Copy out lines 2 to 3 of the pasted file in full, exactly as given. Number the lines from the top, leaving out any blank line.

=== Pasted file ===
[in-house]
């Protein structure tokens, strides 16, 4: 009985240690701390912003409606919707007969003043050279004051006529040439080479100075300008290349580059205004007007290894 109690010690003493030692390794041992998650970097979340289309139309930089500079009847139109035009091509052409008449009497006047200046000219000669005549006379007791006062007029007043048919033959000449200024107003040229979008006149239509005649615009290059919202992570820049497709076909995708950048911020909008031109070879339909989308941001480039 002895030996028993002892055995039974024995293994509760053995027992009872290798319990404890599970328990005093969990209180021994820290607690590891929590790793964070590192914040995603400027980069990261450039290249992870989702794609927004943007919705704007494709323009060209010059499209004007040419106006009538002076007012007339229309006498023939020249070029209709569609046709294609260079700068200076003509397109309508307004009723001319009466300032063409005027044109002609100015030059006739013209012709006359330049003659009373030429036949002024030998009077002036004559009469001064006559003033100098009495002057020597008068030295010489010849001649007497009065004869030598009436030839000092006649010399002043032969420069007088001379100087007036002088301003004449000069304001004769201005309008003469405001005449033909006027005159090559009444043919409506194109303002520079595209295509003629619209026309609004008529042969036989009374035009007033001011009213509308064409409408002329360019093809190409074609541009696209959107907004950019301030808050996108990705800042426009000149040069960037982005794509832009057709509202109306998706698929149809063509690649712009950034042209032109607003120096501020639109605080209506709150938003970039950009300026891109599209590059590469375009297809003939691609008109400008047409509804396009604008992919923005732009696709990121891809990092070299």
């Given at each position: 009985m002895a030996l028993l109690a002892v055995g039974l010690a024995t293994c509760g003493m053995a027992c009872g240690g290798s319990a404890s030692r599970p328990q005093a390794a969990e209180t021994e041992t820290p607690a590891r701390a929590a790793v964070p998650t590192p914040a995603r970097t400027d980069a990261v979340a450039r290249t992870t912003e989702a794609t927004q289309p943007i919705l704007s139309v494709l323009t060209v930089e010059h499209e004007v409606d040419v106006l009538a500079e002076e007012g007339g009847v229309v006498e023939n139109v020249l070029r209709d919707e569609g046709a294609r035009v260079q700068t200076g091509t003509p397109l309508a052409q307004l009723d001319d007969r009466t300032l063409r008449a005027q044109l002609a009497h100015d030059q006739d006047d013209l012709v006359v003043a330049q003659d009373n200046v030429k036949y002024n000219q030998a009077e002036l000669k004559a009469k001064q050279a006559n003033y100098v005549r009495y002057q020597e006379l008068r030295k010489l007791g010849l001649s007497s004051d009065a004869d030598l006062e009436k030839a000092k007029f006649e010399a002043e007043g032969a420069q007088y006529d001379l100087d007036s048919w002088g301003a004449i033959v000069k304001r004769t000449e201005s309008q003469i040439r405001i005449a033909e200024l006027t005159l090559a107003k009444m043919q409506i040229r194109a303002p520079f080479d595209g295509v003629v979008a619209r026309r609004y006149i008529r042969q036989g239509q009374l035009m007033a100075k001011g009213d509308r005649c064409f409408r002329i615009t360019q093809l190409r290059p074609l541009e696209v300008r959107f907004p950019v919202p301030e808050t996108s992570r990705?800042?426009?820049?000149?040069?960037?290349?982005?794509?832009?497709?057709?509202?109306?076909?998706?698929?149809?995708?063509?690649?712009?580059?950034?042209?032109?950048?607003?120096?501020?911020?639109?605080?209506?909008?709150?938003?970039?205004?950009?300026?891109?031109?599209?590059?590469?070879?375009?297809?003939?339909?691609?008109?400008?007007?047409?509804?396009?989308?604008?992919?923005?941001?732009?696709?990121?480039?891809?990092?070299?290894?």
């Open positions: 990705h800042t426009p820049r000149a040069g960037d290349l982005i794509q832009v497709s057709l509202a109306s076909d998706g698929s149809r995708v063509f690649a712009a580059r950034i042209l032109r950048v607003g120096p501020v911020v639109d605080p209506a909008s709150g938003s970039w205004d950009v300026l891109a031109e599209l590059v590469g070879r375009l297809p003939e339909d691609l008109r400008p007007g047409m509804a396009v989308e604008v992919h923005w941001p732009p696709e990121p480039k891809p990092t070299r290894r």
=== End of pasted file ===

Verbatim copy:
């Protein structure tokens, strides 16, 4: 009985240690701390912003409606919707007969003043050279004051006529040439080479100075300008290349580059205004007007290894 109690010690003493030692390794041992998650970097979340289309139309930089500079009847139109035009091509052409008449009497006047200046000219000669005549006379007791006062007029007043048919033959000449200024107003040229979008006149239509005649615009290059919202992570820049497709076909995708950048911020909008031109070879339909989308941001480039 002895030996028993002892055995039974024995293994509760053995027992009872290798319990404890599970328990005093969990209180021994820290607690590891929590790793964070590192914040995603400027980069990261450039290249992870989702794609927004943007919705704007494709323009060209010059499209004007040419106006009538002076007012007339229309006498023939020249070029209709569609046709294609260079700068200076003509397109309508307004009723001319009466300032063409005027044109002609100015030059006739013209012709006359330049003659009373030429036949002024030998009077002036004559009469001064006559003033100098009495002057020597008068030295010489010849001649007497009065004869030598009436030839000092006649010399002043032969420069007088001379100087007036002088301003004449000069304001004769201005309008003469405001005449033909006027005159090559009444043919409506194109303002520079595209295509003629619209026309609004008529042969036989009374035009007033001011009213509308064409409408002329360019093809190409074609541009696209959107907004950019301030808050996108990705800042426009000149040069960037982005794509832009057709509202109306998706698929149809063509690649712009950034042209032109607003120096501020639109605080209506709150938003970039950009300026891109599209590059590469375009297809003939691609008109400008047409509804396009604008992919923005732009696709990121891809990092070299």
């Given at each position: 009985m002895a030996l028993l109690a002892v055995g039974l010690a024995t293994c509760g003493m053995a027992c009872g240690g290798s319990a404890s030692r599970p328990q005093a390794a969990e209180t021994e041992t820290p607690a590891r701390a929590a790793v964070p998650t590192p914040a995603r970097t400027d980069a990261v979340a450039r290249t992870t912003e989702a794609t927004q289309p943007i919705l704007s139309v494709l323009t060209v930089e010059h499209e004007v409606d040419v106006l009538a500079e002076e007012g007339g009847v229309v006498e023939n139109v020249l070029r209709d919707e569609g046709a294609r035009v260079q700068t200076g091509t003509p397109l309508a052409q307004l009723d001319d007969r009466t300032l063409r008449a005027q044109l002609a009497h100015d030059q006739d006047d013209l012709v006359v003043a330049q003659d009373n200046v030429k036949y002024n000219q030998a009077e002036l000669k004559a009469k001064q050279a006559n003033y100098v005549r009495y002057q020597e006379l008068r030295k010489l007791g010849l001649s007497s004051d009065a004869d030598l006062e009436k030839a000092k007029f006649e010399a002043e007043g032969a420069q007088y006529d001379l100087d007036s048919w002088g301003a004449i033959v000069k304001r004769t000449e201005s309008q003469i040439r405001i005449a033909e200024l006027t005159l090559a107003k009444m043919q409506i040229r194109a303002p520079f080479d595209g295509v003629v979008a619209r026309r609004y006149i008529r042969q036989g239509q009374l035009m007033a100075k001011g009213d509308r005649c064409f409408r002329i615009t360019q093809l190409r290059p074609l541009e696209v300008r959107f907004p950019v919202p301030e808050t996108s992570r990705?800042?426009?820049?000149?040069?960037?290349?982005?794509?832009?497709?057709?509202?109306?076909?998706?698929?149809?995708?063509?690649?712009?580059?950034?042209?032109?950048?607003?120096?501020?911020?639109?605080?209506?909008?709150?938003?970039?205004?950009?300026?891109?031109?599209?590059?590469?070879?375009?297809?003939?339909?691609?008109?400008?007007?047409?509804?396009?989308?604008?992919?923005?941001?732009?696709?990121?480039?891809?990092?070299?290894?």